Photo Information

Lance Cpl. Higinio Reyes, Co. B, 3rd platoon, assistant gunner, looks on at the Saudi Marines as they take time away from training and pray to Allah. Bravo Co., came here to conduct Nautical Union, a bilateral training exercise with the Saudi Arabia Marines, June 2-8.

Photo by Cpl. Ruben D. Calderon

U.S., Saudi Marines unite in bilateral training exercises

8 Jun 2006 | Cpl. Ruben D. Calderon 11th Marine Expeditionary Unit

Marines from B Company arrived here at dusk. The sun was no longer high in the sky, instead it had fallen behind the horizon of the Saudi Arabian desert.

The Marines and sailors from Battalion Landing Team 1st Battalion, 4th Marine Regiment, 11th Marine Expeditionary Unit (Special Operations Capable), were greeted by the all-too familiar heat and a prayer blaring from the outside speakers of the base mosque; the Muslims call to Allah.

With the prayer still hanging in the air and echoing prayers coming from other mosques miles away, a platoon-sized contingent of Marines stood in formation at the position of attention, waiting for their company commander.

“We’re here to do what the MEU was originally designed to do,” said Capt. Philip Waggoner, B Company commander.

The Marines came to the barren region to conduct bilateral training exercises with the Saudi Arabia Marines, June 2-8.

“We want to make an impact on them,” said Waggoner.

Prior to 2003 and Operation Iraqi Freedom, it was very common for Marine expeditionary units to conduct this type of training in various foreign countries including those in the Middle East.

Bravo Company trained alongside the Saudi Marines and instructed them in close quarters marksmanship, urban patrols, night operations, room clearing and military operations in urban terrain.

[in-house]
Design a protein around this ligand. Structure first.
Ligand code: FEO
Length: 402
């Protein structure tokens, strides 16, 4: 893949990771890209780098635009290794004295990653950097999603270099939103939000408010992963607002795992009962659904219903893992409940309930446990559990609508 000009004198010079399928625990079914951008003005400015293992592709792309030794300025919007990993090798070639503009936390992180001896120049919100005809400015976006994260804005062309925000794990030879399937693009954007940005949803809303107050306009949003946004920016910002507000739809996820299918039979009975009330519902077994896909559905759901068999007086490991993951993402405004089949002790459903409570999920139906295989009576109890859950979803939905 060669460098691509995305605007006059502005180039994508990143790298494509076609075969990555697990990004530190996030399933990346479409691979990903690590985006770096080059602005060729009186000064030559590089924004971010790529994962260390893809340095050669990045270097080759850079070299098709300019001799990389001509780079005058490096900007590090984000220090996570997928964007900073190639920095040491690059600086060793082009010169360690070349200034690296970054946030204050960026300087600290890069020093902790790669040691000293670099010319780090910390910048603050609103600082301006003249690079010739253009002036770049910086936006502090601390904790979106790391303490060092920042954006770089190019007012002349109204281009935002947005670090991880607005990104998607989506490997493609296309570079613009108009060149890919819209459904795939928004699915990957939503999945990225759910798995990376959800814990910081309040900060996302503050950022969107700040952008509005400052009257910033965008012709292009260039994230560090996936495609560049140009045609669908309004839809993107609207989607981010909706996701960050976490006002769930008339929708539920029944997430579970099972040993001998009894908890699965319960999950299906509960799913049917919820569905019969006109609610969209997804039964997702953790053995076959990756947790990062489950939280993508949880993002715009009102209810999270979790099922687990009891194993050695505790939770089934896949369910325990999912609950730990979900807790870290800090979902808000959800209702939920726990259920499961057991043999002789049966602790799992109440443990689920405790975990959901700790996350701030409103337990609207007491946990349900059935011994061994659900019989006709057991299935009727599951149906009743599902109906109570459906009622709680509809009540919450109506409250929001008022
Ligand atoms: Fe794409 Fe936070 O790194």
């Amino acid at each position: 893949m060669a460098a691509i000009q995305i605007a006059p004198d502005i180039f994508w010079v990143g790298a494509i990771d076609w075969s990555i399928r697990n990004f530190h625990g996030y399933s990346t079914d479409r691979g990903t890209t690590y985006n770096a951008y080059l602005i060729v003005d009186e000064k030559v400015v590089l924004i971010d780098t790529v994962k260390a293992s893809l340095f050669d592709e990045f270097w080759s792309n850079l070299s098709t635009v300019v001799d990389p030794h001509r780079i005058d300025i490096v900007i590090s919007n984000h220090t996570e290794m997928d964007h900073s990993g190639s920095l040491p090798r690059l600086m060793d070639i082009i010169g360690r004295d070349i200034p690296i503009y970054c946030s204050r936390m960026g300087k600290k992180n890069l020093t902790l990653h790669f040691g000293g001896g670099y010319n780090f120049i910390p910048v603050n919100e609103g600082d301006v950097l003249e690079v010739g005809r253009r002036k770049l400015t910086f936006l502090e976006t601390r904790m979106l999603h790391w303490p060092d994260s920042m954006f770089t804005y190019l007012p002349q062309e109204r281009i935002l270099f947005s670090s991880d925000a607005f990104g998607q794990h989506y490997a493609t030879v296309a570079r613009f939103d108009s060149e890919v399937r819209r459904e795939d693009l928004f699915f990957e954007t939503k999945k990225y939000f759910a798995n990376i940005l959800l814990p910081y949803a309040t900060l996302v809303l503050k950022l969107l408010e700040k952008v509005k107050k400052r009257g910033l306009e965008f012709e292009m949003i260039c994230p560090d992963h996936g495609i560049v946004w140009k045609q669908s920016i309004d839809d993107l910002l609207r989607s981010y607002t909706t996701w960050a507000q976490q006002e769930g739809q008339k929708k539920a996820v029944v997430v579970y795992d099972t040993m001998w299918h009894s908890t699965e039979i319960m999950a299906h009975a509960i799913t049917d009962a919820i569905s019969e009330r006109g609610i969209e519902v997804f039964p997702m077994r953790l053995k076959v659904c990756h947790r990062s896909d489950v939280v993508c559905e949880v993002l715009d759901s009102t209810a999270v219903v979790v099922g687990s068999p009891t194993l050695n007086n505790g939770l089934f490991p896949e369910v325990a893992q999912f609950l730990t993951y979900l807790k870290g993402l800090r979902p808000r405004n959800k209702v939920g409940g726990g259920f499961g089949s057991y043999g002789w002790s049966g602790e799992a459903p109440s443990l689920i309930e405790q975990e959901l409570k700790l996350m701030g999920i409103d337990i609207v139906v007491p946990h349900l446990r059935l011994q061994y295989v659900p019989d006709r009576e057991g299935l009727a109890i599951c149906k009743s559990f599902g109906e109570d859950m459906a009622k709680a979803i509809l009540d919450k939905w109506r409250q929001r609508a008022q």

“These Saudi Marines are still going through their basic training. They are becoming familiar with their weapon systems and doing other training similar to boot camp training,” said Cpl. James R. Helms, fire team leader, 3rd platoon. “You could tell by their shooting that they improved since we got here.”

Helms, a Big Spring, Texas native, trained the Saudi Marines in the advanced marksmanship classes. Like the rest of his fellow U.S. Marines he experienced the barrier that is inevitable in bilateral exercises with foreign military - the language barrier.

"That comes with the territory,” said Helms about the difficulties in communication with his counterparts.

“Eventually the Marines found a common ground and from that found the similarities between each other,” said Gunnery Sgt. Dennis Collins, B Company gunnery sergeant. “But an experience like this opens eyes and helps you get a better perspective.”

“This is definitely an exciting and new experience for Bravo,” said Sgt. Gregory Henry, squad leader, Weapons Platoon. “It’s a good opportunity for them as well. We train hard and the Saudi Marines see our work ethic and they emulate it. We’re very fortunate to be a part of this, helping the Saudi Marines.”

Although they only spent a few days in Saudi Arabia, the Marines took with them the unique experience of training with the Saudi Marines. They lived with them, ate the same meals and shared the bond of being comrades in fighting the war against terrorism.

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